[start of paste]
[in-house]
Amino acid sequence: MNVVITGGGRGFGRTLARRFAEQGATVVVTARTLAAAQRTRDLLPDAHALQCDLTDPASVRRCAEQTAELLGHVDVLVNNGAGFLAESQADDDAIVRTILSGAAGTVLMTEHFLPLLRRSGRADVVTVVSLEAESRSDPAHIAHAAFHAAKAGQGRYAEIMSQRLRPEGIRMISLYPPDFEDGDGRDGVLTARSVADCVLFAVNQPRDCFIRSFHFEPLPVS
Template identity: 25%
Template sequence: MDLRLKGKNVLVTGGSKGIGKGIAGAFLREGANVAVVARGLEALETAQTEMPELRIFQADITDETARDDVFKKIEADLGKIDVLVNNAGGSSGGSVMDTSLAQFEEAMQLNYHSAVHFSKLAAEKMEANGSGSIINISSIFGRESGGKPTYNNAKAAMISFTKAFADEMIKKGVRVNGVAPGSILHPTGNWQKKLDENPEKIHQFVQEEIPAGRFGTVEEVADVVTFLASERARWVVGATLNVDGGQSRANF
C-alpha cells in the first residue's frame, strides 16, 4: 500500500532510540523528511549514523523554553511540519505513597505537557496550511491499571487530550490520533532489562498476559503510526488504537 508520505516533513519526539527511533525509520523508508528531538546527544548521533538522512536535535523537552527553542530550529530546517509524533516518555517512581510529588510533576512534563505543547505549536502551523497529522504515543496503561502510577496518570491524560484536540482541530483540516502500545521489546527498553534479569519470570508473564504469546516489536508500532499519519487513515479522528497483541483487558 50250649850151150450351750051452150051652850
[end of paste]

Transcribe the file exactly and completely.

[in-house]
Amino acid sequence: MNVVITGGGRGFGRTLARRFAEQGATVVVTARTLAAAQRTRDLLPDAHALQCDLTDPASVRRCAEQTAELLGHVDVLVNNGAGFLAESQADDDAIVRTILSGAAGTVLMTEHFLPLLRRSGRADVVTVVSLEAESRSDPAHIAHAAFHAAKAGQGRYAEIMSQRLRPEGIRMISLYPPDFEDGDGRDGVLTARSVADCVLFAVNQPRDCFIRSFHFEPLPVS
Template identity: 25%
Template sequence: MDLRLKGKNVLVTGGSKGIGKGIAGAFLREGANVAVVARGLEALETAQTEMPELRIFQADITDETARDDVFKKIEADLGKIDVLVNNAGGSSGGSVMDTSLAQFEEAMQLNYHSAVHFSKLAAEKMEANGSGSIINISSIFGRESGGKPTYNNAKAAMISFTKAFADEMIKKGVRVNGVAPGSILHPTGNWQKKLDENPEKIHQFVQEEIPAGRFGTVEEVADVVTFLASERARWVVGATLNVDGGQSRANF
C-alpha cells in the first residue's frame, strides 16, 4: 500500500532510540523528511549514523523554553511540519505513597505537557496550511491499571487530550490520533532489562498476559503510526488504537 508520505516533513519526539527511533525509520523508508528531538546527544548521533538522512536535535523537552527553542530550529530546517509524533516518555517512581510529588510533576512534563505543547505549536502551523497529522504515543496503561502510577496518570491524560484536540482541530483540516502500545521489546527498553534479569519470570508473564504469546516489536508500532499519519487513515479522528497483541483487558 50250649850151150450351750051452150051652850